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Linux virtualization tech tapped for telematics

Oct 1, 2008 — by Eric Brown — from the LinuxDevices Archive — 7 views

Wind River announced a major design win with Hughes Telematics for a Linux-based automotive telematics system. Hughes will use Wind River's new virtualization technology, as well as Wind River Linux for the company's next-generation telematics control unit (TCU), says Wind River.

Set to ship in 2009, the “end-to-end telematics solution” will use Wind River's virtualization technology to reduce development and hardware costs, says Hughes Telematics, which bills itself as one of the leading companies in automotive telematics. Specifically, the Wind River hypervisor will enable the TCU to simultaneously run Wind River Linux and a real-time CAN (Controller Area Network) bus stack on the same processor, thereby saving on hardware costs. The virtualized TCU will retain real-time requirements for performance and boot time, and enable Hughes “to leverage the rich Linux environment for other applications,” says the company.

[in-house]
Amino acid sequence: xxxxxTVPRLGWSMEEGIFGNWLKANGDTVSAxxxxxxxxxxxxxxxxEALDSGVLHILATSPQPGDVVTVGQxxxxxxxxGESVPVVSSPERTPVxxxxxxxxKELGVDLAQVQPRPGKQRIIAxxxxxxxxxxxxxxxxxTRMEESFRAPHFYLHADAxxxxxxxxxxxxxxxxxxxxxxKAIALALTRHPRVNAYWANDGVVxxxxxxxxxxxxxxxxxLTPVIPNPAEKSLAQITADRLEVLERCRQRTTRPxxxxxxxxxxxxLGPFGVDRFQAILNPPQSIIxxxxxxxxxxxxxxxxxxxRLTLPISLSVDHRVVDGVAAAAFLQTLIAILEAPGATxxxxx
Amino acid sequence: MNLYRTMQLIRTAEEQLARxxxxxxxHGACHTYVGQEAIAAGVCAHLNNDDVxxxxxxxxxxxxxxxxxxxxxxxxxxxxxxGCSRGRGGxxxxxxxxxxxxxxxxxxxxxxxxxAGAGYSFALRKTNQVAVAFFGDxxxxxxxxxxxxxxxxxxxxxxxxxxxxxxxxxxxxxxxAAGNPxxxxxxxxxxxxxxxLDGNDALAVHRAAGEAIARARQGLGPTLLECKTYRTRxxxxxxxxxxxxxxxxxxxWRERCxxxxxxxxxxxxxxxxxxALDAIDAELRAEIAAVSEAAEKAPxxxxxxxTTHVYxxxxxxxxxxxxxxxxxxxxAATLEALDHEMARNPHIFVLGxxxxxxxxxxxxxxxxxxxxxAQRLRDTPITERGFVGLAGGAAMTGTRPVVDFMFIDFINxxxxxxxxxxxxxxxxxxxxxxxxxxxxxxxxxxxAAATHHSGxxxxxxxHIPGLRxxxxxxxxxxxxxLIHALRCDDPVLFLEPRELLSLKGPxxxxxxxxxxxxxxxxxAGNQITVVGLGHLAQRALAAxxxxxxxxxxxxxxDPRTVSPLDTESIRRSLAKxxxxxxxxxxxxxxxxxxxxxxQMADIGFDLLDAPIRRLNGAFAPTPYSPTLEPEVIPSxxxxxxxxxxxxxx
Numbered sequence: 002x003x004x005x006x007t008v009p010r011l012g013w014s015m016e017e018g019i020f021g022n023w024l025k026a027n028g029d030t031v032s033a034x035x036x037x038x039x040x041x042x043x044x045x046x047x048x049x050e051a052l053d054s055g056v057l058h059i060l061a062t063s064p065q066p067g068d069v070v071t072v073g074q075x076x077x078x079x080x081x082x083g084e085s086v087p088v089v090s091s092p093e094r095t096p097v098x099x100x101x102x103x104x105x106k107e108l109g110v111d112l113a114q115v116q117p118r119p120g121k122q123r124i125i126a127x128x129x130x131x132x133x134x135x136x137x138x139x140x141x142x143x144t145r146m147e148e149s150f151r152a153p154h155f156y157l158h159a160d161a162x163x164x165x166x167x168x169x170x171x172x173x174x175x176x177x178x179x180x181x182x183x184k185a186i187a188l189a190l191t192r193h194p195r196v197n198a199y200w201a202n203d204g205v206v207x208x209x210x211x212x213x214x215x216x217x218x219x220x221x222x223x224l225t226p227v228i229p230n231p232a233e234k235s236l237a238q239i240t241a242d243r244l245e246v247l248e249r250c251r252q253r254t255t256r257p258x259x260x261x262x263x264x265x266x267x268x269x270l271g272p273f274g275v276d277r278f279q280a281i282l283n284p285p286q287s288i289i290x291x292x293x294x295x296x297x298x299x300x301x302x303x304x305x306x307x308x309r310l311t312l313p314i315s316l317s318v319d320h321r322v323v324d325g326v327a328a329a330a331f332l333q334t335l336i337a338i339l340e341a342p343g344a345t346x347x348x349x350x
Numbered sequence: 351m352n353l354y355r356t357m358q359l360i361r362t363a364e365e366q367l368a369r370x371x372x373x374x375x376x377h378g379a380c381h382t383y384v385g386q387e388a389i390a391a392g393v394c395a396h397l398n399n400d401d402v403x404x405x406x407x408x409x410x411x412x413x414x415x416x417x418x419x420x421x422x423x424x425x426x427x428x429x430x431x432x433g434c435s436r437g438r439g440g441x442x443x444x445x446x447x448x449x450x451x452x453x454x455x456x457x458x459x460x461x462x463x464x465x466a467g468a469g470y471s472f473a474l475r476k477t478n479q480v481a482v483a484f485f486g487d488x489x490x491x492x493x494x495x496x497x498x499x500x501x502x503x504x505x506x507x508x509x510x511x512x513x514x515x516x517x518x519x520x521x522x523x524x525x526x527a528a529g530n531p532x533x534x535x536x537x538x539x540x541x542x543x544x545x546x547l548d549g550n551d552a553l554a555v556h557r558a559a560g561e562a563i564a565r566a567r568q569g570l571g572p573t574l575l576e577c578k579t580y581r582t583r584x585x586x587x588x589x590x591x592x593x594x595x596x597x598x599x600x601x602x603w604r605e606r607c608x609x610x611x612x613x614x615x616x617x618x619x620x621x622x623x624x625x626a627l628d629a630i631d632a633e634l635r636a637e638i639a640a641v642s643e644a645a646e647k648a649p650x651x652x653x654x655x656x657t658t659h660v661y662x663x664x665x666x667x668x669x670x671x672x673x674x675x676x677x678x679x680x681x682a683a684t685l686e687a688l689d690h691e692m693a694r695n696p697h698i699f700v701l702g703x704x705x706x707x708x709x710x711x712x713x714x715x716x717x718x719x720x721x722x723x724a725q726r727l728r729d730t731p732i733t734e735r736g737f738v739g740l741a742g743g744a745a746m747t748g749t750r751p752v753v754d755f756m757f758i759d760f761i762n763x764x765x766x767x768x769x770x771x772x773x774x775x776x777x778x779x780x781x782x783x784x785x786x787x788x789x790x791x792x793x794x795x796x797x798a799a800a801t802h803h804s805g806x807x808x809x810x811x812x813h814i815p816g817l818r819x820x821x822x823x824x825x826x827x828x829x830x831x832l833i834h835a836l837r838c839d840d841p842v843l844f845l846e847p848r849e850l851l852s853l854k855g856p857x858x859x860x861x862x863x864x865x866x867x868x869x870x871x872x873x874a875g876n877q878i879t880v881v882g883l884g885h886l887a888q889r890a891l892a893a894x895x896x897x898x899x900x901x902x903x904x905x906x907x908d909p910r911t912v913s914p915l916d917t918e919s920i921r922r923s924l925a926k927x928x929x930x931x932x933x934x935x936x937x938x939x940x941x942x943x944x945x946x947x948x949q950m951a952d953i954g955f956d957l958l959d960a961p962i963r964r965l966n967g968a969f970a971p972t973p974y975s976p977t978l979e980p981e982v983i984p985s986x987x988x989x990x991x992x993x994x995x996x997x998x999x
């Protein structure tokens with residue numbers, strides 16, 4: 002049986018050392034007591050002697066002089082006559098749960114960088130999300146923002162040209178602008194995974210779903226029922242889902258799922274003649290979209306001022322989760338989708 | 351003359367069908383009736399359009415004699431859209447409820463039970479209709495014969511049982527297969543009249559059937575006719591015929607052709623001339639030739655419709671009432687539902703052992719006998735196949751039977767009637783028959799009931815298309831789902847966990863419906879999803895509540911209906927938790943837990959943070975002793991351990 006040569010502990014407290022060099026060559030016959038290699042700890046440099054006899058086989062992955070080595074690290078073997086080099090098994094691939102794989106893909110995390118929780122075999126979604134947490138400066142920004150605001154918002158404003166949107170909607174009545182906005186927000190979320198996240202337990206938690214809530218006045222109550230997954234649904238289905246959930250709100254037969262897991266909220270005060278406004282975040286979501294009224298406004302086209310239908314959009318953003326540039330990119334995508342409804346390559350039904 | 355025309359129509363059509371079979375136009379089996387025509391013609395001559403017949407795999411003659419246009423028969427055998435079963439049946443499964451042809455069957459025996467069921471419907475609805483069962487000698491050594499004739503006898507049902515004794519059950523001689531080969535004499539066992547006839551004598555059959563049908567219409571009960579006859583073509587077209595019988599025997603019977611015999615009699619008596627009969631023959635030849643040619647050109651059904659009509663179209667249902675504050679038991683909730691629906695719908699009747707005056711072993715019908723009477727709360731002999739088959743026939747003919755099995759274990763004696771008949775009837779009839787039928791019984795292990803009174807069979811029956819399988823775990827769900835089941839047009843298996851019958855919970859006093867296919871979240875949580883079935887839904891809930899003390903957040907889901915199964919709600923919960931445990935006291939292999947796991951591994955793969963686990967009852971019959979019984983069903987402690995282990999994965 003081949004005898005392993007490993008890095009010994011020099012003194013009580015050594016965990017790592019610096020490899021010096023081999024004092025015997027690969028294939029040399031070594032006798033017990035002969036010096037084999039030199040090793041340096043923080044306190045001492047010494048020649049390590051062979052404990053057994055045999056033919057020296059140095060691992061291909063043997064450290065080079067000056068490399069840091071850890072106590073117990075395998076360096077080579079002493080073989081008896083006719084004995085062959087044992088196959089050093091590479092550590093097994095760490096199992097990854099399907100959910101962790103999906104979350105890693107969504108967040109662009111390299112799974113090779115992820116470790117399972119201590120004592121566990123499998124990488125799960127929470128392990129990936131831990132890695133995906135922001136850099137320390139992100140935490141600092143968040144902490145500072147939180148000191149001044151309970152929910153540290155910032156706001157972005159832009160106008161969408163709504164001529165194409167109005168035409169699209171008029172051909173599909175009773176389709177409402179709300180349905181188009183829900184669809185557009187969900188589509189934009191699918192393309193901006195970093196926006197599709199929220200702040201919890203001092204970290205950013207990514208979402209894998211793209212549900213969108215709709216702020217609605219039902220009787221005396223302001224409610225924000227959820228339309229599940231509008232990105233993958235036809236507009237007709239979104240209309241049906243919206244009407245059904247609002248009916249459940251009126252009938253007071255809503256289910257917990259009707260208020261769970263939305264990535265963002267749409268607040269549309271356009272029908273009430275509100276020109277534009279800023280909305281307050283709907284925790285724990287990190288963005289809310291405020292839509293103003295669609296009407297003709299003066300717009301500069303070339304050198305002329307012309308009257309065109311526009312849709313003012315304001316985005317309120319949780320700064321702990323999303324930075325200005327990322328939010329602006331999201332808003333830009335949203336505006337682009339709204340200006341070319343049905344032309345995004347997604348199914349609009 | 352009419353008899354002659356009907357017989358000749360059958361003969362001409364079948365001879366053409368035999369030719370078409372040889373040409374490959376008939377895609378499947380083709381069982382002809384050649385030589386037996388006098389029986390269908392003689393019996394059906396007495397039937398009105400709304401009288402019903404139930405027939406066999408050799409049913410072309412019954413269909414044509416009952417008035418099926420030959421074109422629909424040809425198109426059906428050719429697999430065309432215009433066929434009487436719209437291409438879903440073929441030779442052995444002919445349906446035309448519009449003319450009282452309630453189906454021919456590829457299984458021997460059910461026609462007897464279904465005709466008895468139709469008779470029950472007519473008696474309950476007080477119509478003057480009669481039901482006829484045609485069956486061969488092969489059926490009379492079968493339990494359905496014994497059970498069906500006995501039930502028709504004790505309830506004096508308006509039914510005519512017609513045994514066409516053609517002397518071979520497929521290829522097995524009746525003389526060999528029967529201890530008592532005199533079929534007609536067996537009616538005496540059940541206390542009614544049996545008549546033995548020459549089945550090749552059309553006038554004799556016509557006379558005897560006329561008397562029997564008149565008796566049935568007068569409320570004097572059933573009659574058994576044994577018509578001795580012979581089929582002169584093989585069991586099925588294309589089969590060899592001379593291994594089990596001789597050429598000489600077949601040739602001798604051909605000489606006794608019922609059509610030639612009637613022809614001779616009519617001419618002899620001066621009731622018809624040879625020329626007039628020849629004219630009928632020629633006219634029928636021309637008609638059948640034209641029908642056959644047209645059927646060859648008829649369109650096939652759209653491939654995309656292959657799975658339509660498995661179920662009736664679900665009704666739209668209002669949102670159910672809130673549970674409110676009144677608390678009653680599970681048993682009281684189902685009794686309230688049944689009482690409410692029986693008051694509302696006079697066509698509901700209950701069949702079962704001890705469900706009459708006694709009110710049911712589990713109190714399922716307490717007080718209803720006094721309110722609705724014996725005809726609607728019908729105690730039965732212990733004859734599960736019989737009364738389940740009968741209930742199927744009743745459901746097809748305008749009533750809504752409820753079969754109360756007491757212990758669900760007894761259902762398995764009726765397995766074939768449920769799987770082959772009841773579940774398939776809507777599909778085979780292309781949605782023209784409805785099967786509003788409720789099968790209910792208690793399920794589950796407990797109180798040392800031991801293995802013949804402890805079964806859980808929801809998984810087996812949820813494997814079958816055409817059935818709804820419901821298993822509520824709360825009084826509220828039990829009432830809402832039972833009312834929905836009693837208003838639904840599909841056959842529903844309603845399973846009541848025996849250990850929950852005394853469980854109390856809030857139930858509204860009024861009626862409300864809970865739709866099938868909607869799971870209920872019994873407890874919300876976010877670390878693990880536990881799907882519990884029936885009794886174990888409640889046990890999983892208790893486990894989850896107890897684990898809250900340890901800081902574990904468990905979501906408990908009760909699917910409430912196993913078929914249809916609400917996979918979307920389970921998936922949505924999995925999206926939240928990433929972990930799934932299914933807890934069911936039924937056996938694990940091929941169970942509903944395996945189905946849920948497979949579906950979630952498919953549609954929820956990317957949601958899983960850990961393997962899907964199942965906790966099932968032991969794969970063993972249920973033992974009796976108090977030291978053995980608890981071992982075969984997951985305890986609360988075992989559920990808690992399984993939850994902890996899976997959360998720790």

Stated Erik Goldman, president of Hughes Telematics, “Wind River was able to provide HUGHES Telematics with a growth path for future innovative products by coupling commercial Linux with automotive-specific extensions and virtualization technology, along with deep industry expertise.”

According to Alex Kocher, general manager of the automotive segment at Wind River, the design win “represents what we believe is the beginning of hardware consolidation for automotive manufacturers and suppliers, as indicated by early traction of our virtualization technology.”

When it was announced in June, the so-far unnamed Wind River hypervisor was scheduled for a “technology preview” release for Intel and PowerPC platforms, with MIPS and ARM releases set to follow later in the year. The hypervisor is based on a virtualization option that has long been available for Wind River's VxWorks distribution. In the Linux version, customers can build upon the minimal VxWorks-based hypervisor with additional layers. However, it will not offer a minimalist POSIX execution environment. For more details, see our earlier interview with Wind River CTO Tomas Evensen, here.

In May, Wind River also announced a more stripped-down, open-source automotive infotainment stack targeted at Intel's Atom processor. The stack is being contributed to the Intel-sponsored Moblin project.


Hughes Telematics's next-generation TCU incorporating Wind River Linux will ship sometime in 2009, says the company. More information on Wind River's automotive products may be available here.

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